In our Inspiration + Paper series we search for various sources and topics that can act as a source for your inspiration when working with design papers. With such a simple yet protean medium such as paper it can be easily forgotten how much power it can behold. A single paper, or a collection, can imitate a feeling or a mood, it can signal values and thoughts, and can definitely have a direct impact on its viewer or holder, both consciously and subconsciously.
This time, in the 40th edition of the series, I wanted to take a closer look – both figuratively and literally – on the surface and texture of things that have a strong haptic presense. Go up close to the surface with both the object of inspiration as well as the design paper I match it with. This little investication lead me to a world of macro photography, as I researched the surface patterns of various materials. And what I learned was surprising.
The closer you get to the object, the more detailed the surface becomes. Something that often gets overlooked, or simply, not looked at at in such detail, provides the strongest and most vital part of its haptic experience. Is it the small fibres that tingle on your finger tips, or the smooth surface tension that feels cool to the touch, or maybe its the small fluting or furrows that werent visible to the naked eye that created a strong engram experience.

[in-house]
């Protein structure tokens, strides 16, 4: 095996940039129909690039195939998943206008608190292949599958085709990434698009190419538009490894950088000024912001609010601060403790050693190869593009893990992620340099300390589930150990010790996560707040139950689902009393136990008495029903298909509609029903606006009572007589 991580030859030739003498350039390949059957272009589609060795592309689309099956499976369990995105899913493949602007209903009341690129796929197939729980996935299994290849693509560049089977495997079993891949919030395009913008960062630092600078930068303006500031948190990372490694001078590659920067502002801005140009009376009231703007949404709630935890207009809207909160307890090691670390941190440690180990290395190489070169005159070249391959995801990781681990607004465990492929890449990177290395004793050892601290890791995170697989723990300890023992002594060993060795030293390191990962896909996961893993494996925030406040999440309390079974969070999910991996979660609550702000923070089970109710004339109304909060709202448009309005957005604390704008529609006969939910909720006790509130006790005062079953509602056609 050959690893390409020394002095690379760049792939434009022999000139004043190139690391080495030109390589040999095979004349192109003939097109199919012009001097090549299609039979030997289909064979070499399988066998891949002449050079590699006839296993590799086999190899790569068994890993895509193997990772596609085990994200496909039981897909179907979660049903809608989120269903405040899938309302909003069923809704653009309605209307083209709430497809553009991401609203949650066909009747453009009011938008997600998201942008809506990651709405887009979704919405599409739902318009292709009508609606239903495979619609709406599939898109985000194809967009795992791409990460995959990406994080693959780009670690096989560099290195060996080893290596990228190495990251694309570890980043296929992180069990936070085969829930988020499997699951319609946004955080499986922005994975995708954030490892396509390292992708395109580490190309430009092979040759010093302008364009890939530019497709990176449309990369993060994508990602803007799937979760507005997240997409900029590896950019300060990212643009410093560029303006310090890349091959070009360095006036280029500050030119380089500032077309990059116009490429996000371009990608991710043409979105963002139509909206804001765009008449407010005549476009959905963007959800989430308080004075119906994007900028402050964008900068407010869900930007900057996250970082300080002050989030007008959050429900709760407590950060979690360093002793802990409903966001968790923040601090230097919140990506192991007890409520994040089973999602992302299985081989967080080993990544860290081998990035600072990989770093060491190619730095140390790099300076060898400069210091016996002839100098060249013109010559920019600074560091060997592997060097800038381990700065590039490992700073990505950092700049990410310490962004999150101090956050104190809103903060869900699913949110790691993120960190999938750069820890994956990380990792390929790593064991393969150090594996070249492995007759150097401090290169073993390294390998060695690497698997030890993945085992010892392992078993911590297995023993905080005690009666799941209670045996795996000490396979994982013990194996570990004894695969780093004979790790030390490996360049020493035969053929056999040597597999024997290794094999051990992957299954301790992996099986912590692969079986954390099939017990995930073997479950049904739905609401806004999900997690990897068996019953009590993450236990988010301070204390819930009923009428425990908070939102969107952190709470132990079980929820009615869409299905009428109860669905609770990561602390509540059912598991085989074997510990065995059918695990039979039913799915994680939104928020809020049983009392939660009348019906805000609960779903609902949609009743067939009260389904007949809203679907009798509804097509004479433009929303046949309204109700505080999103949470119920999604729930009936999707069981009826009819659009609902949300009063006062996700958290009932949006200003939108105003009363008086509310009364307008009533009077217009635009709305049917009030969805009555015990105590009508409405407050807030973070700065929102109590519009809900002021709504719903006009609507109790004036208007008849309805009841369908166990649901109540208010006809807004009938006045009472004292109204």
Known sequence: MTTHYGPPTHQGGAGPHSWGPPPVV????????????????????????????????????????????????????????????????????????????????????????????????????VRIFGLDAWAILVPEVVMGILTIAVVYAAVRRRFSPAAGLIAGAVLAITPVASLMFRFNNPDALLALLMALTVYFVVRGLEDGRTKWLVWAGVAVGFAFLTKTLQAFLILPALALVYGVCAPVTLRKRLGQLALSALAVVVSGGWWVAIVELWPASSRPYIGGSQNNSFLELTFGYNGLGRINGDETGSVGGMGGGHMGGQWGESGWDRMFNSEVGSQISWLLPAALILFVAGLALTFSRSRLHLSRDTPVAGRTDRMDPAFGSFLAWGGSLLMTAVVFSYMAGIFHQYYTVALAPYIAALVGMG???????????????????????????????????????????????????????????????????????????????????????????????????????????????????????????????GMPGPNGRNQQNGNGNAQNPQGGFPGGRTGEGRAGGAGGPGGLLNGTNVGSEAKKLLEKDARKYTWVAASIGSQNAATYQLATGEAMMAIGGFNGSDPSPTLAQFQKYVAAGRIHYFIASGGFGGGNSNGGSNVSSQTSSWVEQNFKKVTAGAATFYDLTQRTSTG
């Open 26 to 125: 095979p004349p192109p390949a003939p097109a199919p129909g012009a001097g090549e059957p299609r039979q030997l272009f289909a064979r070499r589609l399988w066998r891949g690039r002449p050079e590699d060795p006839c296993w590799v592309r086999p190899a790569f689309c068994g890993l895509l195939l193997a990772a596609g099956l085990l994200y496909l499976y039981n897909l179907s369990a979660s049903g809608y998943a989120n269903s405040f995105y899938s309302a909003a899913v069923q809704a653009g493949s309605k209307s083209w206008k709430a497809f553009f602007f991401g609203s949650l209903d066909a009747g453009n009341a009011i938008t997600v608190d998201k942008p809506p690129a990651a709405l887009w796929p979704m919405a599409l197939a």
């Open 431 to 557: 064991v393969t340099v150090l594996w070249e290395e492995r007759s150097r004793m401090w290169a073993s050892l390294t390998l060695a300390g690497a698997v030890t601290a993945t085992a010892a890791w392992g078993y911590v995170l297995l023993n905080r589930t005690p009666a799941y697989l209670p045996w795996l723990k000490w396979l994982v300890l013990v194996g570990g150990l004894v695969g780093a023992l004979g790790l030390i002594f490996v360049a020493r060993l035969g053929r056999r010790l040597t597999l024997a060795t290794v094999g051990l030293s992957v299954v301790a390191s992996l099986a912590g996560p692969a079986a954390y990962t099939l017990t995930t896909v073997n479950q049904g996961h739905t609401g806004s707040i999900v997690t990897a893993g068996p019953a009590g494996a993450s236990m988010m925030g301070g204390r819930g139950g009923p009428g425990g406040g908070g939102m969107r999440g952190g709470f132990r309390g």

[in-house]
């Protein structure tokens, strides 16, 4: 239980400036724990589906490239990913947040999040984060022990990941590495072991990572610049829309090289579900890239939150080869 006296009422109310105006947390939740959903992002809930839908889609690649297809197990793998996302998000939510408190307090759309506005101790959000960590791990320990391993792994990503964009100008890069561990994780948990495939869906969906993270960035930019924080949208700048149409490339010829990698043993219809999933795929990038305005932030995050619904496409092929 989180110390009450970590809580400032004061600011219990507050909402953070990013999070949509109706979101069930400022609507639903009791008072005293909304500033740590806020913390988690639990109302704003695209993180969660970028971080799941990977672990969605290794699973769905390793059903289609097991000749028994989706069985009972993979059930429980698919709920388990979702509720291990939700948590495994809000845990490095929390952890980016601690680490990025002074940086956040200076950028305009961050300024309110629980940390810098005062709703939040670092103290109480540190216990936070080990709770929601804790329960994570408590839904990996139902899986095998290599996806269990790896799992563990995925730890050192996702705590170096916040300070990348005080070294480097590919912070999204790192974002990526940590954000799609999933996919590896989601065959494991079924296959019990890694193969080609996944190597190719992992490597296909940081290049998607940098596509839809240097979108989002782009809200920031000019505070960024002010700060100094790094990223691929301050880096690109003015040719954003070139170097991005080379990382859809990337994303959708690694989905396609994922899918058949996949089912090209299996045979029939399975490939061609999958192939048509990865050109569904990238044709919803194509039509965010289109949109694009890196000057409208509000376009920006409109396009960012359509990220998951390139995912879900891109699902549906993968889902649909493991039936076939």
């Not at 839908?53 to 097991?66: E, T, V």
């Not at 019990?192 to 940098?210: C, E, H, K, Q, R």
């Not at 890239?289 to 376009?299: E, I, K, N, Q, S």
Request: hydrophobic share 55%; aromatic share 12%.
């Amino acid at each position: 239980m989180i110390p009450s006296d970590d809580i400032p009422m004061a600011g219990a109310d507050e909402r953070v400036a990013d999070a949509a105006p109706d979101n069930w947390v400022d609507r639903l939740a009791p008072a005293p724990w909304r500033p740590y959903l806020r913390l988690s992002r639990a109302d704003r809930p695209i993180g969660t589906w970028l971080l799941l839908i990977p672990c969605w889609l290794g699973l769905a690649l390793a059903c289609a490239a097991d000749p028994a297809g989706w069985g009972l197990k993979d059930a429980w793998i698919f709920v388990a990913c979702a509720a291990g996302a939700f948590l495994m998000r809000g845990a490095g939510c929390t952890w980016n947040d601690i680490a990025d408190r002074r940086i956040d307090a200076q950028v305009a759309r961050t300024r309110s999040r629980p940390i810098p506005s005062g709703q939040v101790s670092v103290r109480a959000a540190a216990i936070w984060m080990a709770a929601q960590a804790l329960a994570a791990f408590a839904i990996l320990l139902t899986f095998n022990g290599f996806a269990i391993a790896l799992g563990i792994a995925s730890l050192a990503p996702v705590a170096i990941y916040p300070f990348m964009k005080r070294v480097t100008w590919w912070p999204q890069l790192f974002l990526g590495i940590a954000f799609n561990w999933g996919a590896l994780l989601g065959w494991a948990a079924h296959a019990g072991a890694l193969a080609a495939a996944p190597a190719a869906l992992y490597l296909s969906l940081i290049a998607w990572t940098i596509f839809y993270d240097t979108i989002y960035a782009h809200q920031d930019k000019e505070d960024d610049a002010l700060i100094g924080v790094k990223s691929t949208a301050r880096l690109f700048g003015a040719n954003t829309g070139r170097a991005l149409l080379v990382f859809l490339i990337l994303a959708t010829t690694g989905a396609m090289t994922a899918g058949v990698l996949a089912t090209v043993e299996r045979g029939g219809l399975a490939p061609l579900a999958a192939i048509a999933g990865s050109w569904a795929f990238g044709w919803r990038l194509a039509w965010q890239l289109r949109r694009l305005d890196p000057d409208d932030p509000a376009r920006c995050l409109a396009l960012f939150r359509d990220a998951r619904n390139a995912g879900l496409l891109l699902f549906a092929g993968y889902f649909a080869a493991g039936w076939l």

Matching beautiful photography of various surfaces and textures with richly textured papers from Europapier’s Design Papers Collection
The eight photographs below with matching design papers are all inspired equally by the macro photography of interesting surfaces and textures, as well as the ever-so-inspiring Design Papers Collection. My aim was not to simply match the colors of the photographs with the papers of similar shades, but to capture the touch, feel, or engram both subjects communicate.
Putting special emphasis on trying to convey the sensation of touch – I matched cool and fluid-like stone surfaces with elegant Elefantenhaut paper, while the velvety Twill paper found its match in the railed surface pattern.